Not Much Cloth, but…

9 Mar

a lot of other stuff going on.

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Hope is the same color as this wool Pendleton blanket. It was my mother’s. She washed/dried it once by mistake and it shrunk a lot. But still she used it for cover in her last years. The blanket was a gift from her best friend–a fine woman named Lucy.  I find the blanket all over the place. She travels with it. Like Linus. But never too far.

Seedlings are getting ready for the earth and I’m waffling back and forth–too early? too cold? go for it? We’re having a few nights this week in the mid 20’s. Maybe after that. The 10-day forecasts on weather.com help. But I wonder if it’s made me a bit less sensitive to the nuances that indicate how it might be. Sky color. Buds. Robins. Shadows. Birds. Worms.  Soil temp. Smells. Knee/shoulder aches?

Last week I experimented. Set out one each of very tender spinach, broccoli, lettuce, radicchio and kale. That night the temp was 24 degrees. They survived but have not recovered. And the rest–outside today, beginning the hardening off process:
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Some amazing women are working the garden with me this year. “Dirt devas.” This is where we are now:
rows ready for seedlings–rich soil separated by straw and leaves. Soon–cabbage, broccoli, kale, collards, swiss chard, turnips and potatoes. This is 1/3 of the garden. Spring garden/fall garden. The rest of the space will house tomatoes, beans, cucumbers, beets, lettuce, radicchio, radishes and sweet potatoes.

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and outside the fenced in garden–the start of an herb bed and a modified hugelkultur bed for winter squash.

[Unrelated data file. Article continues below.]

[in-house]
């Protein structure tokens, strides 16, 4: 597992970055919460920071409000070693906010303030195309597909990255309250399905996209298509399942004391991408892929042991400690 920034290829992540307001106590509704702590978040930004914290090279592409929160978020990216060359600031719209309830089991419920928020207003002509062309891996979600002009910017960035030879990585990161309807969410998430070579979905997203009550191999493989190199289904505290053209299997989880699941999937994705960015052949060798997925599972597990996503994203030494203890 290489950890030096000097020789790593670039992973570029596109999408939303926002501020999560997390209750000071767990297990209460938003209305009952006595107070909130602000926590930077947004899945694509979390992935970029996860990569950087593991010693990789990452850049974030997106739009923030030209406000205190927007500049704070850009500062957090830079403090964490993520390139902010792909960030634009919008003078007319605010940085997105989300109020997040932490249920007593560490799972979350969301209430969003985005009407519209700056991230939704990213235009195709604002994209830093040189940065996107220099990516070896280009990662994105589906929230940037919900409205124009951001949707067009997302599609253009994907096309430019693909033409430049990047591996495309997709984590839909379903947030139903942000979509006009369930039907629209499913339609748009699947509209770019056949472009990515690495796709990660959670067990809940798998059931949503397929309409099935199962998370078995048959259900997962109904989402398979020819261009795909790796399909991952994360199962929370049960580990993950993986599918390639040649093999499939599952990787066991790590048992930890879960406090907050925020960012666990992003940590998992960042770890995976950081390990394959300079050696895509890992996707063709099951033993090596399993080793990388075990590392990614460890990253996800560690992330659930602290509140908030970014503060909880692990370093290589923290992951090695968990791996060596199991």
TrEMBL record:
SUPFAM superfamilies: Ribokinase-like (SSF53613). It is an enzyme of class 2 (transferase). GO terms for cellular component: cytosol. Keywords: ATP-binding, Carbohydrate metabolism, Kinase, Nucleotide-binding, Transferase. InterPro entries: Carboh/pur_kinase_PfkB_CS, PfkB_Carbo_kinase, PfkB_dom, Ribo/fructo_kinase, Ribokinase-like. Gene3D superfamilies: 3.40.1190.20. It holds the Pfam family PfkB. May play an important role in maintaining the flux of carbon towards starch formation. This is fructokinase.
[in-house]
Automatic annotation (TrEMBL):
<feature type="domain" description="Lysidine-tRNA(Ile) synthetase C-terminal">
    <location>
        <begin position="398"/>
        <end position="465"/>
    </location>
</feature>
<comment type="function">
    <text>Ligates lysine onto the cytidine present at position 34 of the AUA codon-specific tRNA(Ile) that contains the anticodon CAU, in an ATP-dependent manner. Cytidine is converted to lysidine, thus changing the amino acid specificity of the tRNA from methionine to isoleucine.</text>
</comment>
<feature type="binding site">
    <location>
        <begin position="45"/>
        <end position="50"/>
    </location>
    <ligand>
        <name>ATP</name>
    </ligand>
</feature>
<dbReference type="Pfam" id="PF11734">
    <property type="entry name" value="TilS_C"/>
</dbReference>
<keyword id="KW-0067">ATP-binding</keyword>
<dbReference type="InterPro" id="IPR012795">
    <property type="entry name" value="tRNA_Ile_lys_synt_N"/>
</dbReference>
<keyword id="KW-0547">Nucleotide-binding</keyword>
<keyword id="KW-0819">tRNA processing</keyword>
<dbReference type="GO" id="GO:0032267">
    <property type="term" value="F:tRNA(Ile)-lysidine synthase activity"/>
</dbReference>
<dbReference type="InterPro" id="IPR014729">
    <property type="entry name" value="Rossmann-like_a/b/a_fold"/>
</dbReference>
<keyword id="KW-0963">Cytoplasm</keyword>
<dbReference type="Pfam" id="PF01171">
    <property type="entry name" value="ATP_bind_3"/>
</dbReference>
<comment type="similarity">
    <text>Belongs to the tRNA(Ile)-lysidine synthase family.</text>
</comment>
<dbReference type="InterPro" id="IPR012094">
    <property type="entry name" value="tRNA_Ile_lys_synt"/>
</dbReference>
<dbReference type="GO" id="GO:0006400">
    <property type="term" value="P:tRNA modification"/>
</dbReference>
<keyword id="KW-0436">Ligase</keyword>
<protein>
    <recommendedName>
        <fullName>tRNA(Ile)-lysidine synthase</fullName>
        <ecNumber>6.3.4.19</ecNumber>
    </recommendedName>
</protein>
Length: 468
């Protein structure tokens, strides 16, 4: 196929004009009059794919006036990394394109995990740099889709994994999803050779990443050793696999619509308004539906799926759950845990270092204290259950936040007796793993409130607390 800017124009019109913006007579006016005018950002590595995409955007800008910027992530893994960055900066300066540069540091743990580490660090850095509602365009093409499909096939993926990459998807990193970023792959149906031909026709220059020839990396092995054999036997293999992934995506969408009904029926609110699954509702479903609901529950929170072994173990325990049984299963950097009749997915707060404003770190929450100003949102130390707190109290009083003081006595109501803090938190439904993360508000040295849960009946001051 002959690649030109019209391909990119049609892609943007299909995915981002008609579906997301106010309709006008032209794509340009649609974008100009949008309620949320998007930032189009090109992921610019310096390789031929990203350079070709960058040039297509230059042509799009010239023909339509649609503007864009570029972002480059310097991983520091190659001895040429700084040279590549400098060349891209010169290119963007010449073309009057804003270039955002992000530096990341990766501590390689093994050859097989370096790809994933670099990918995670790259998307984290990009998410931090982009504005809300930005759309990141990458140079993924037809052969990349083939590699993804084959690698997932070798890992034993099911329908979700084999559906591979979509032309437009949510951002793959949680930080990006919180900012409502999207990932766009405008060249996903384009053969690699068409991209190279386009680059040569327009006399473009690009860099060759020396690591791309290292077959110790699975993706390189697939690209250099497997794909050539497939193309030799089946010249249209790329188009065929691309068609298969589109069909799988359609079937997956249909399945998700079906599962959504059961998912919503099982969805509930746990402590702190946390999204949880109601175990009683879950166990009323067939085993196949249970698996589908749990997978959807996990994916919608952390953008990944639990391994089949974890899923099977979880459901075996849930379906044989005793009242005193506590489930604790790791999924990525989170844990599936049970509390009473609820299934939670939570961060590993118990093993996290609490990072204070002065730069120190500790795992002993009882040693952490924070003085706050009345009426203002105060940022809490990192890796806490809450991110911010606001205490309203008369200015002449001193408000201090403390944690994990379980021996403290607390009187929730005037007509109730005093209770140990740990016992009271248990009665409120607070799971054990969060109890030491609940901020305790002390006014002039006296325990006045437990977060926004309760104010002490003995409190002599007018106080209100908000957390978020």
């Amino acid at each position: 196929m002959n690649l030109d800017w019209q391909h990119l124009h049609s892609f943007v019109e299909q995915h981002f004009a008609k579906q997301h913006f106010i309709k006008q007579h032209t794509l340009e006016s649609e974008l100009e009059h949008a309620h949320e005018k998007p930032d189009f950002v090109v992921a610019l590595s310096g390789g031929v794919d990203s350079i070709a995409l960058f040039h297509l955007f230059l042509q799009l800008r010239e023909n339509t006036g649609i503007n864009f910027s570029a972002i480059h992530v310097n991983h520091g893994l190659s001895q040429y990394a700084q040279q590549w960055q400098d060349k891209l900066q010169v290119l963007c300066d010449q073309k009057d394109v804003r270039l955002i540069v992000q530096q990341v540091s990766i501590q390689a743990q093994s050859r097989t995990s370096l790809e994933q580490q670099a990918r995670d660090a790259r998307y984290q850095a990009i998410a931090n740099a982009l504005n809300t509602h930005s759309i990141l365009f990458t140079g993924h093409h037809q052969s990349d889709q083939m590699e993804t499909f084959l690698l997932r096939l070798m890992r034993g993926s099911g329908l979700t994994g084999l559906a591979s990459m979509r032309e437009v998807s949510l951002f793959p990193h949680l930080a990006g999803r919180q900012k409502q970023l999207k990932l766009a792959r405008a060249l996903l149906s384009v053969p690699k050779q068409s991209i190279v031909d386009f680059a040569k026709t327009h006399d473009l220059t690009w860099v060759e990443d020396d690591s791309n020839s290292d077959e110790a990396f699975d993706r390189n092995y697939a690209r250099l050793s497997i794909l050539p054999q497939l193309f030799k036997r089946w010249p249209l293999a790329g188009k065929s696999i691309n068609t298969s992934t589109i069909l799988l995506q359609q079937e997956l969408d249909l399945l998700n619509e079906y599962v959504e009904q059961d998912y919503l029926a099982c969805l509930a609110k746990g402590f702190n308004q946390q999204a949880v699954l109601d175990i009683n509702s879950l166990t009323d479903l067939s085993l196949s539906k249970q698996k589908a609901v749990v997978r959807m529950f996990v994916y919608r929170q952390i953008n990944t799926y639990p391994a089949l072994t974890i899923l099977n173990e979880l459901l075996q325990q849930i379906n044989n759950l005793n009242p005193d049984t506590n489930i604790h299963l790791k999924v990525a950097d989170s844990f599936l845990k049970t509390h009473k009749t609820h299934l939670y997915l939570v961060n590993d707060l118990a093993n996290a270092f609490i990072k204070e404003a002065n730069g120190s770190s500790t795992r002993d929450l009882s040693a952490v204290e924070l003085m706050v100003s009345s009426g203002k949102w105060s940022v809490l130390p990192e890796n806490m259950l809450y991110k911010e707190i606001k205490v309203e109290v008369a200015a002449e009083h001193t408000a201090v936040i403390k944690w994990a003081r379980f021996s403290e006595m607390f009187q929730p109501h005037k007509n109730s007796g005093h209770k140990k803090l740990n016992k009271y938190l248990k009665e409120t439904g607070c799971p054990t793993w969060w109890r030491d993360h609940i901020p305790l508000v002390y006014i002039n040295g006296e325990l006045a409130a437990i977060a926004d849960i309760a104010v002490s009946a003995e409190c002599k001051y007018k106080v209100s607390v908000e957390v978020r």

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This cloth I’m liking. Haven’t added much except rows of stitching and noticing the shift in my attention. From cloth to dirt. Looking for the common thread.DSC00787

10 Responses to “Not Much Cloth, but…”

  1. Mo Crow March 9, 2014 at 12:19 pm #

    Wow! that’s a big garden and looks so ready… it’s the waxing moon in Cancer today & tomorrow, good for sowing & planting above ground vegetables but with those very cold temperatures maybe wait for the equinox on the 21st
    your cloth is lovely & Hope looks very happy with the change of circumstances in her life!

    • cynthia craig March 9, 2014 at 1:04 pm #

      oh …there is..i measured this morning 11 inches of snow on the back deck..the deck..not the ground..which is somewhere down there..i am enjoying the sparkling snow..and the crisp clear air…but then i think that it is almost mid march..last year the sugaring was almost over …the weather so warm….and i look at your beautifully prepared beds and think that it is not yet mud season..that has not even started…and hope there is either a long slow just delayed seasonal progression..that we still have a spring into summer season… ok i stop…because there is certainly enough cloth here to make me smile and stop wishing for earth..here and now..and go searching for cloth…still in boxes..marked but hidden….

      • Patricia March 9, 2014 at 7:44 pm #

        i’m wondering if the move is complete? yes, mud season–i remember it well from the farm in WV. the world was a sea of mud, red clay mud…so sticky it could literally pull your boots off. well, here’s hoping you skip over that this year and head straight into a gorgeous spring.

    • Patricia March 9, 2014 at 7:42 pm #